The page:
Safety derails Whitehaven's coal plan

THE Boggabri derailment is proving a mounting headache for Whitehaven Coal, which has abandoned a trial of trucking coal from its Narrabri mine for safety reasons.

THE Boggabri derailment is proving a mounting headache for Whitehaven Coal, which has abandoned a trial of trucking coal from its Narrabri mine for safety reasons.

A fully-loaded coal train derailed on November 28 and the Australian Rail Track Corporation does not expect the line to reopen until Christmas.

Whitehaven previously signalled it would run out of stockpiling capability at Narrabri and would try to truck its coal, hauling up to 80,000 tonnes a week for two to three months from the mine to its Gunnedah coal handling and preparation plant - necessitating sending hundreds of trucks a day through city streets.

Whitehaven said that without the ability to transport coal from the site, stockpile capacity at Narrabri would be reached this month and operations at the mine would need to cease.

"This would result in lost production and financial impacts as well as the potential need to dislocate employees to other operations," the company said.

Whitehaven applied for state government approval and began a trial to truck the coal on Tuesday morning, but by Wednesday it was suspended.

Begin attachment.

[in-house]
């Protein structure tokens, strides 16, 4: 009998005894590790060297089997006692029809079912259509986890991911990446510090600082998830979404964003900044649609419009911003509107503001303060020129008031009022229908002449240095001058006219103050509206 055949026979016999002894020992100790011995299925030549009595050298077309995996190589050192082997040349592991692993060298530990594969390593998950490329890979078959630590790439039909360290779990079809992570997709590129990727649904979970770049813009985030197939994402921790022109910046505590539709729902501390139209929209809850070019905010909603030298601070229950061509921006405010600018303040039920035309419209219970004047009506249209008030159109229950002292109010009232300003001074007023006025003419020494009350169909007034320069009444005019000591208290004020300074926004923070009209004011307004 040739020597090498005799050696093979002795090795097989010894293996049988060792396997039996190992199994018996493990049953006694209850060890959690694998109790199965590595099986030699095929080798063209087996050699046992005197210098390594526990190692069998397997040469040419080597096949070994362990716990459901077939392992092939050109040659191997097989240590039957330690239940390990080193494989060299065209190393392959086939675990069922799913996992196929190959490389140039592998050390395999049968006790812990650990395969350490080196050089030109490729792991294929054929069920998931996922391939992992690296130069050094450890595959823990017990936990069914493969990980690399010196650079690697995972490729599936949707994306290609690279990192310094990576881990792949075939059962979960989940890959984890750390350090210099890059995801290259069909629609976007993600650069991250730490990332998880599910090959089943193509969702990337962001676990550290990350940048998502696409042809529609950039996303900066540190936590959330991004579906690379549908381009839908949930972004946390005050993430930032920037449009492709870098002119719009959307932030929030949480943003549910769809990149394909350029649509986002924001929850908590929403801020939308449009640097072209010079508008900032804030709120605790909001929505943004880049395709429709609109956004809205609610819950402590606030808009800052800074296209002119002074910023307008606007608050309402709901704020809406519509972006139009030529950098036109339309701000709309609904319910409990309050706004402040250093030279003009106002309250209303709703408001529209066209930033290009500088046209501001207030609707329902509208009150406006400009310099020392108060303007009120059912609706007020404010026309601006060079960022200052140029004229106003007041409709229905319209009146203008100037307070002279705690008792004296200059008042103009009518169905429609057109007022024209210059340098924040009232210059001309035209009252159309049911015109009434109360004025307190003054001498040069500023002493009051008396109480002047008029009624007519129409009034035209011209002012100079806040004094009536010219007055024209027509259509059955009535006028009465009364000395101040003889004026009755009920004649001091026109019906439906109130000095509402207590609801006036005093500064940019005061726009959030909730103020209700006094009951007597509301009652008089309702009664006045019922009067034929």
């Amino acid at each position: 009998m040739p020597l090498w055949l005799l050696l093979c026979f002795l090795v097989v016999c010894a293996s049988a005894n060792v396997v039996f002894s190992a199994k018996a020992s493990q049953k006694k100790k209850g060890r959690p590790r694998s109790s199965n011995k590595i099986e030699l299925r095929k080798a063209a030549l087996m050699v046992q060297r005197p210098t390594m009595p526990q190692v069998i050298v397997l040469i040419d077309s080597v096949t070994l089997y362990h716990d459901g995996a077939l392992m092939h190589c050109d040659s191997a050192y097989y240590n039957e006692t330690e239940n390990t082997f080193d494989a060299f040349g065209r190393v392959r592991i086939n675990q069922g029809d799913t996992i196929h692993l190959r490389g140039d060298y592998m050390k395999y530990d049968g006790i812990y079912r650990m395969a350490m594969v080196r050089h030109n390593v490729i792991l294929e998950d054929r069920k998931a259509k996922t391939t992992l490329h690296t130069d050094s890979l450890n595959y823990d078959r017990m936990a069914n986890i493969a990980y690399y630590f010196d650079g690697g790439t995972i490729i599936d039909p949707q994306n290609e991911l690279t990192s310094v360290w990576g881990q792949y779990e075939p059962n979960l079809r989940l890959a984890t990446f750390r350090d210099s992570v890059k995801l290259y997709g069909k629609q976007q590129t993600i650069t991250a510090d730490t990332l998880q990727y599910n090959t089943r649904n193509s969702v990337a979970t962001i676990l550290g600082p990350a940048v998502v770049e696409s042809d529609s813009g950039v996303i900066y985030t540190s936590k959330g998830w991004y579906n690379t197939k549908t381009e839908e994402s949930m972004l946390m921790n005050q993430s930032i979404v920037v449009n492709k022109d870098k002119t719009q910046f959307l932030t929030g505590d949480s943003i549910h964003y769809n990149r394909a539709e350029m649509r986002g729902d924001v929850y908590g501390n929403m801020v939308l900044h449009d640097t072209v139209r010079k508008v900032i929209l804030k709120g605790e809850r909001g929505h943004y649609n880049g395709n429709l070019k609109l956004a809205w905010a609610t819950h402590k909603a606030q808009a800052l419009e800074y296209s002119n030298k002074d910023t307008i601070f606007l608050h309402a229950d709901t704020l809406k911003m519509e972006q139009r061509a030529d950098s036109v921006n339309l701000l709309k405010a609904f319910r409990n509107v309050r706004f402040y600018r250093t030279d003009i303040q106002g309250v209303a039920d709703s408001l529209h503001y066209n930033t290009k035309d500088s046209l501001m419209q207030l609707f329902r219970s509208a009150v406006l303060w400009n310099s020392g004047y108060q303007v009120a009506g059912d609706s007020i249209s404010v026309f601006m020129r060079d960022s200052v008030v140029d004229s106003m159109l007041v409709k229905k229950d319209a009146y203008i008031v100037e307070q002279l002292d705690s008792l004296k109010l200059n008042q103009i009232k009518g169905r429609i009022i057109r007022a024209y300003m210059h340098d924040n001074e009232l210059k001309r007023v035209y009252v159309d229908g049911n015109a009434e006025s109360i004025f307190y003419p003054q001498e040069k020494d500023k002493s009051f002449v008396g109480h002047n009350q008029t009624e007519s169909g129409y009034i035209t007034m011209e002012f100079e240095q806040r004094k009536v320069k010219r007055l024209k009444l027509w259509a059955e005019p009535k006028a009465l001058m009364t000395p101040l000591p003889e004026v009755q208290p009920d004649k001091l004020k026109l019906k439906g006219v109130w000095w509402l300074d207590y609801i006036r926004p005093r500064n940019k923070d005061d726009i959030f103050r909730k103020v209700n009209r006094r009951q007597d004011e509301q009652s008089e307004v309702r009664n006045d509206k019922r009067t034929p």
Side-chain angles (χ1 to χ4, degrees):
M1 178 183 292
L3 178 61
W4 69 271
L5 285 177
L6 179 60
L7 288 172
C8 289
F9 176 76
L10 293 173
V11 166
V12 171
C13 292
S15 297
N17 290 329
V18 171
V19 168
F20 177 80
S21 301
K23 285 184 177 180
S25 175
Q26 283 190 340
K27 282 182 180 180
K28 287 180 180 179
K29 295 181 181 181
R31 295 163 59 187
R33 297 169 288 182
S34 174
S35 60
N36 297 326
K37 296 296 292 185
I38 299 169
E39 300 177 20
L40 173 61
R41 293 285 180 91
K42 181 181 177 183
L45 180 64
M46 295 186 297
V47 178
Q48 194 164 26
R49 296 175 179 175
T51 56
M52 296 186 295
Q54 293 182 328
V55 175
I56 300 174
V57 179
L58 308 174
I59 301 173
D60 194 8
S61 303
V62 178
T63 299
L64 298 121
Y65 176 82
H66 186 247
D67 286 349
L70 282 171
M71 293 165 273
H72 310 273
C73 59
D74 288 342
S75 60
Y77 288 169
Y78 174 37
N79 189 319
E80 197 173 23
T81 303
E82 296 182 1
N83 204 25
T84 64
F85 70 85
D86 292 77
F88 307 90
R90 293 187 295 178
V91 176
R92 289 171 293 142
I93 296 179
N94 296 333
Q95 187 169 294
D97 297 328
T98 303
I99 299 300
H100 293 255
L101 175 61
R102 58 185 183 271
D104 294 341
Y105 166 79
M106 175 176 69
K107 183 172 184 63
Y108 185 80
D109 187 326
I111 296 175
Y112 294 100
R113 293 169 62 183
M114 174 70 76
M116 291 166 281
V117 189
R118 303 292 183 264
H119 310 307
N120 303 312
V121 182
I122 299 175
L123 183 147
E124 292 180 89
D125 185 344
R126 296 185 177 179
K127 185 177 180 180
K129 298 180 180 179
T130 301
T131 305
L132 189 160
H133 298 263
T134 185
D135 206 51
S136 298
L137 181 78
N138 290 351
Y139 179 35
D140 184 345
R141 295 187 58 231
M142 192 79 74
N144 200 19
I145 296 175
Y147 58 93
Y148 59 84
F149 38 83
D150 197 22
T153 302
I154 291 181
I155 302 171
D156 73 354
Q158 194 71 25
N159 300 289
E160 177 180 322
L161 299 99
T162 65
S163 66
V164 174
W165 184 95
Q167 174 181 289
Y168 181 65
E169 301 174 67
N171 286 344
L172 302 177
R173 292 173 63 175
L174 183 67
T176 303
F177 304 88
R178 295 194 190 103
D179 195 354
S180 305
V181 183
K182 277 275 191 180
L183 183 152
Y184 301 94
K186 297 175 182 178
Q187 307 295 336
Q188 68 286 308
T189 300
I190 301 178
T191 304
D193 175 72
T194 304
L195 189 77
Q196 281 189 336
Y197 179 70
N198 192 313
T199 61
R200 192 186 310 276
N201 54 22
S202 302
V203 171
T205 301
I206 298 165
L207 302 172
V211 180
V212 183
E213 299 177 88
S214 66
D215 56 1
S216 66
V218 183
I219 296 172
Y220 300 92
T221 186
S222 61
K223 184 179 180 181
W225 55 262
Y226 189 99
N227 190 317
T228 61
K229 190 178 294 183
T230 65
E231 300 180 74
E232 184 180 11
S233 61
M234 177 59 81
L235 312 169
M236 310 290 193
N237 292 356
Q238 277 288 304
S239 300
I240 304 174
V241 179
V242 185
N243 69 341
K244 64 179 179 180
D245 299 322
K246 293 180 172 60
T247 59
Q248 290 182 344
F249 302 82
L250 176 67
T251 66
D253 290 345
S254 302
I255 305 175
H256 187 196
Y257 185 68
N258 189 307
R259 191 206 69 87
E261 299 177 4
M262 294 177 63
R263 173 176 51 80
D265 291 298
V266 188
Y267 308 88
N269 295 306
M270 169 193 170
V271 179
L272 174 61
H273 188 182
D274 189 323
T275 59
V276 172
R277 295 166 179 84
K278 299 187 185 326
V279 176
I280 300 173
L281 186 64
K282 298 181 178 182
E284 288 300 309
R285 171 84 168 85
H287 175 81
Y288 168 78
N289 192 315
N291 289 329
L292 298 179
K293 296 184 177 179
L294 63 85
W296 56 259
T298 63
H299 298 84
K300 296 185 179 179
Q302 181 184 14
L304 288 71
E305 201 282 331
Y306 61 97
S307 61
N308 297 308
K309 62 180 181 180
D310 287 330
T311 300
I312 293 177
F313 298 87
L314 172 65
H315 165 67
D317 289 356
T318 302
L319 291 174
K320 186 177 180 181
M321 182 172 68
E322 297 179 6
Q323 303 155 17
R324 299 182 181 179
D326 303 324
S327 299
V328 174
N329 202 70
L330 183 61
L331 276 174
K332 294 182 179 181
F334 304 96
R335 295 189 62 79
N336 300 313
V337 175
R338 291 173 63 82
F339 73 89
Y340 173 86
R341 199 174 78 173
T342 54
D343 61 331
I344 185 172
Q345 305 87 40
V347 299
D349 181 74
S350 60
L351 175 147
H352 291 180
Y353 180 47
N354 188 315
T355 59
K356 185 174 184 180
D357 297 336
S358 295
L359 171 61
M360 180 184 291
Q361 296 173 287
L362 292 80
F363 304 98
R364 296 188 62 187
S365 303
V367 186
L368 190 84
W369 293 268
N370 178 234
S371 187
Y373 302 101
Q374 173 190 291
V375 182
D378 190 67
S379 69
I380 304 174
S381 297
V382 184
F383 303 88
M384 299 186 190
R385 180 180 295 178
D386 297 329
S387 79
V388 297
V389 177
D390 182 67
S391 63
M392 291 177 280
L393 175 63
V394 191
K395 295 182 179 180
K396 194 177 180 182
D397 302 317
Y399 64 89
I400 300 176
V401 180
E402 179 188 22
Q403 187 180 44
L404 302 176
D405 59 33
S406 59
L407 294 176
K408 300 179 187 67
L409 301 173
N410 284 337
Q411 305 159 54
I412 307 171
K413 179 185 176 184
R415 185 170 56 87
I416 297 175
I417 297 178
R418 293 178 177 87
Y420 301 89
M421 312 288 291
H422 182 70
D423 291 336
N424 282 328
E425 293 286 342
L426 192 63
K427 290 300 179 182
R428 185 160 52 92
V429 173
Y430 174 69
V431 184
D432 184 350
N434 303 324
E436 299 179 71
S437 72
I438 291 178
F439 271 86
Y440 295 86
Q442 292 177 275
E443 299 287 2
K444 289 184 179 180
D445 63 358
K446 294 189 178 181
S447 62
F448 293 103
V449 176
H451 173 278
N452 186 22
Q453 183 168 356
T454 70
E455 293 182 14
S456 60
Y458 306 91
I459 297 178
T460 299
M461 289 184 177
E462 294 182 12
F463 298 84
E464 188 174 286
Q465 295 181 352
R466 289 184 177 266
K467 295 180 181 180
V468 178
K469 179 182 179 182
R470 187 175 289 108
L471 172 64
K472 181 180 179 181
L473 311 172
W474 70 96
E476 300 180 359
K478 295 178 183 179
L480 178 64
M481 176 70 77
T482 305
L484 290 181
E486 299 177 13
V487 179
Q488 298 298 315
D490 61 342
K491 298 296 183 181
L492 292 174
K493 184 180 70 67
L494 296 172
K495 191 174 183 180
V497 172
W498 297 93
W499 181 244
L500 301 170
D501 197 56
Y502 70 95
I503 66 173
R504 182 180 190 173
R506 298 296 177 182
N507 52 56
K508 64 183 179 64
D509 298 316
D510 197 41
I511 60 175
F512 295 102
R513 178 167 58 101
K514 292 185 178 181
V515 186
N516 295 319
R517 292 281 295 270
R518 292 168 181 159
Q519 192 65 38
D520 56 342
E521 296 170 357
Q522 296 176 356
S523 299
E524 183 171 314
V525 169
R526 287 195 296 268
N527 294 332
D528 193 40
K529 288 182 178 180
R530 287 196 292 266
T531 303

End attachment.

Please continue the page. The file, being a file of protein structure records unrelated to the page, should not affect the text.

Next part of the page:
Managing director Tony Haggarty said the risks associated with the extra traffic and interaction with other heavy vehicles were unacceptable.

"Our trucks have ceased to cart coal from the Narrabri mine and the Gunnedah CHPP and will not be returning to the roads until or unless we are comfortable that any risks associated can be managed," he said.

Environment group Front Line Action on Coal accused Whitehaven of breaking the law by putting 280 truck movements on the Kamilaroi Highway before obtaining approval from the Department of Transport.

The group lodged a submission against proposals by Whitehaven and Idemitsu to truck coal to Gunnedah via Boggabri, which would increase vehicle traffic by 56 per cent and emit large amounts of coal dust, and sought legal advice on an injunction to stop Whitehaven's trucking operation.

"A 42 tonne coal truck travelling at 100km/h is a serious threat to road safety, and many hundreds of them on our roads over the Christmas break is a massive risk to travelling families," a spokesman, Jonathan Moylan, said.

Whitehaven shares rose 2.9 per cent to $3.24 on Wednesday.

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